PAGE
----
View full screen - View 1 of Lot 105. A Royal presentation set of eighteen Royal Copenhagen claret-ground plates, circa 1858.
105

A Royal presentation set of eighteen Royal Copenhagen claret-ground plates, circa 1858

UK: Greenford Park Warehouse

Estimate:

5,000 to - 7,000 GBP

Property of a Gentleman

A Royal presentation set of eighteen Royal Copenhagen claret-ground plates, circa 1858

A Royal presentation set of eighteen Royal Copenhagen claret-ground plates, circa 1858

Estimate:

5,000 to - 7,000 GBP

Lot sold:

16,380

GBP

Property of a Gentleman

A Royal presentation set of eighteen Royal Copenhagen claret-ground plates, circa 1858


each painted to simulate marble relief with classical subjects after Thorvaldsen within bands of simulated pearls and gilt hexagonal rosettes, each titled in black script to the reverse, blue wave marks, each plate 20.8cm. diameter, and held in chamois-lined lift-out trays, held in a two-handled fitted oak presentation case with a brass canted rectangular plaque engraved with crowned AB cypher, 22cm. high, 71.5cm. wide, 49.5cm. deep

Of the eighteen plates: eleven are in generally good condition with very minor stacking wear. Four are in good condition but with more notable wear to the well so the white porcelain is visible in areas. Two are of good appearance but have faint cracks possibly just to the glaze and one is broken into seven sections between 4 and 7 o'clock with an associated crack and a small loss and old glue repair in need of restoration. The case lost three pieces of veneers inside that hide the clips that hide the monogram plaque. The top with a minor age slip, consistent with age and use. Otherwise with minor old marks, small residual white paint spots and scratches.


The lot is sold in the condition it is in at the time of sale. The condition report is provided to assist you with assessing the condition of the lot and is for guidance only. Any reference to condition in the condition report for the lot does not amount to a full description of condition. The images of the lot form part of the condition report for the lot. Certain images of the lot provided online may not accurately reflect the actual condition of the lot. In particular, the online images may represent colors and shades which are different to the lot's actual color and shades. The condition report for the lot may make reference to particular imperfections of the lot but you should note that the lot may have other faults not expressly referred to in the condition report for the lot or shown in the online images of the lot. The condition report may not refer to all faults, restoration, alteration or adaptation. The condition report is a statement of opinion only. For that reason, the condition report is not an alternative to taking your own professional advice regarding the condition of the lot. NOTWITHSTANDING THIS ONLINE CONDITION REPORT OR ANY DISCUSSIONS CONCERNING A LOT, ALL LOTS ARE OFFERED AND SOLD "AS IS" IN ACCORDANCE WITH THE CONDITIONS OF SALE/BUSINESS APPLICABLE TO THE RESPECTIVE SALE.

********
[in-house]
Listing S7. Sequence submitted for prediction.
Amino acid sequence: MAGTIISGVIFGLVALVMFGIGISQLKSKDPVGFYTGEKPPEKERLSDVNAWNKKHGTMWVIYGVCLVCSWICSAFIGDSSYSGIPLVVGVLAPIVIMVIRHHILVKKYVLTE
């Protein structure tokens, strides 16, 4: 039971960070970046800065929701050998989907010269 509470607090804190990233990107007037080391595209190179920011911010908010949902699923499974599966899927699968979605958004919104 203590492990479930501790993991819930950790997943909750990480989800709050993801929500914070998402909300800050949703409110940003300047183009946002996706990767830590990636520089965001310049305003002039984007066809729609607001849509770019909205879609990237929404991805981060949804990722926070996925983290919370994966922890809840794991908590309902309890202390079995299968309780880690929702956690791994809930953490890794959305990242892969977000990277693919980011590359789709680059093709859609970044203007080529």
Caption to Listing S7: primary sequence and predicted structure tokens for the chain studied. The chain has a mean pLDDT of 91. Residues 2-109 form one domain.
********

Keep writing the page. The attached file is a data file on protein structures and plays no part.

Presented by King Frederick VII of Denmark to Sir Andrew Buchanan, 1st Bart. (1807-1882), Envoy Extraordinary to the King of Denmark, in 1858;